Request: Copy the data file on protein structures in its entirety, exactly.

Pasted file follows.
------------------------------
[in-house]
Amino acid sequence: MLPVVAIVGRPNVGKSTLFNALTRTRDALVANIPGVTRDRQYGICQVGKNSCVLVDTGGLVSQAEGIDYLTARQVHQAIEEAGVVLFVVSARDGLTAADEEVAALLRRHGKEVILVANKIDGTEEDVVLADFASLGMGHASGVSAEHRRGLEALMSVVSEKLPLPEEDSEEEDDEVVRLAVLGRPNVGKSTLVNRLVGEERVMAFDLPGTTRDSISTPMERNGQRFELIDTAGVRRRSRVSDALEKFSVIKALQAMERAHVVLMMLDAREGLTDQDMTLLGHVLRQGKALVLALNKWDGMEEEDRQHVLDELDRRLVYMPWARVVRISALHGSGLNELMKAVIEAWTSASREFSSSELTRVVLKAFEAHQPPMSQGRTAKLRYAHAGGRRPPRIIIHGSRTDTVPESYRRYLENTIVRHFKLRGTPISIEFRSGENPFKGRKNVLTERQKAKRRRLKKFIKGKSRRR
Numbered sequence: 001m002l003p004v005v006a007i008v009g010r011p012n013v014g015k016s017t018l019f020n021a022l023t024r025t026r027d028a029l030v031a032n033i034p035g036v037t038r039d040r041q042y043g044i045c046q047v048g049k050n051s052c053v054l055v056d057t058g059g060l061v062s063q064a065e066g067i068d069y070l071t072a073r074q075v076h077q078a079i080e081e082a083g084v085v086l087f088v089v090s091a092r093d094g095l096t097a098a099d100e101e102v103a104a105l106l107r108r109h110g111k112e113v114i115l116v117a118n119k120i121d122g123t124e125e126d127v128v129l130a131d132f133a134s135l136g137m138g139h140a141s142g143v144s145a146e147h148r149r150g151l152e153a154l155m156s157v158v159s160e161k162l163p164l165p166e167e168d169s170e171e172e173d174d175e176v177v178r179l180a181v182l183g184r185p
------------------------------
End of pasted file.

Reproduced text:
[in-house]
Amino acid sequence: MLPVVAIVGRPNVGKSTLFNALTRTRDALVANIPGVTRDRQYGICQVGKNSCVLVDTGGLVSQAEGIDYLTARQVHQAIEEAGVVLFVVSARDGLTAADEEVAALLRRHGKEVILVANKIDGTEEDVVLADFASLGMGHASGVSAEHRRGLEALMSVVSEKLPLPEEDSEEEDDEVVRLAVLGRPNVGKSTLVNRLVGEERVMAFDLPGTTRDSISTPMERNGQRFELIDTAGVRRRSRVSDALEKFSVIKALQAMERAHVVLMMLDAREGLTDQDMTLLGHVLRQGKALVLALNKWDGMEEEDRQHVLDELDRRLVYMPWARVVRISALHGSGLNELMKAVIEAWTSASREFSSSELTRVVLKAFEAHQPPMSQGRTAKLRYAHAGGRRPPRIIIHGSRTDTVPESYRRYLENTIVRHFKLRGTPISIEFRSGENPFKGRKNVLTERQKAKRRRLKKFIKGKSRRR
Numbered sequence: 001m002l003p004v005v006a007i008v009g010r011p012n013v014g015k016s017t018l019f020n021a022l023t024r025t026r027d028a029l030v031a032n033i034p035g036v037t038r039d040r041q042y043g044i045c046q047v048g049k050n051s052c053v054l055v056d057t058g059g060l061v062s063q064a065e066g067i068d069y070l071t072a073r074q075v076h077q078a079i080e081e082a083g084v085v086l087f088v089v090s091a092r093d094g095l096t097a098a099d100e101e102v103a104a105l106l107r108r109h110g111k112e113v114i115l116v117a118n119k120i121d122g123t124e125e126d127v128v129l130a131d132f133a134s135l136g137m138g139h140a141s142g143v144s145a146e147h148r149r150g151l152e153a154l155m156s157v158v159s160e161k162l163p164l165p166e167e168d169s170e171e172e173d174d175e176v177v178r179l180a181v182l183g184r185p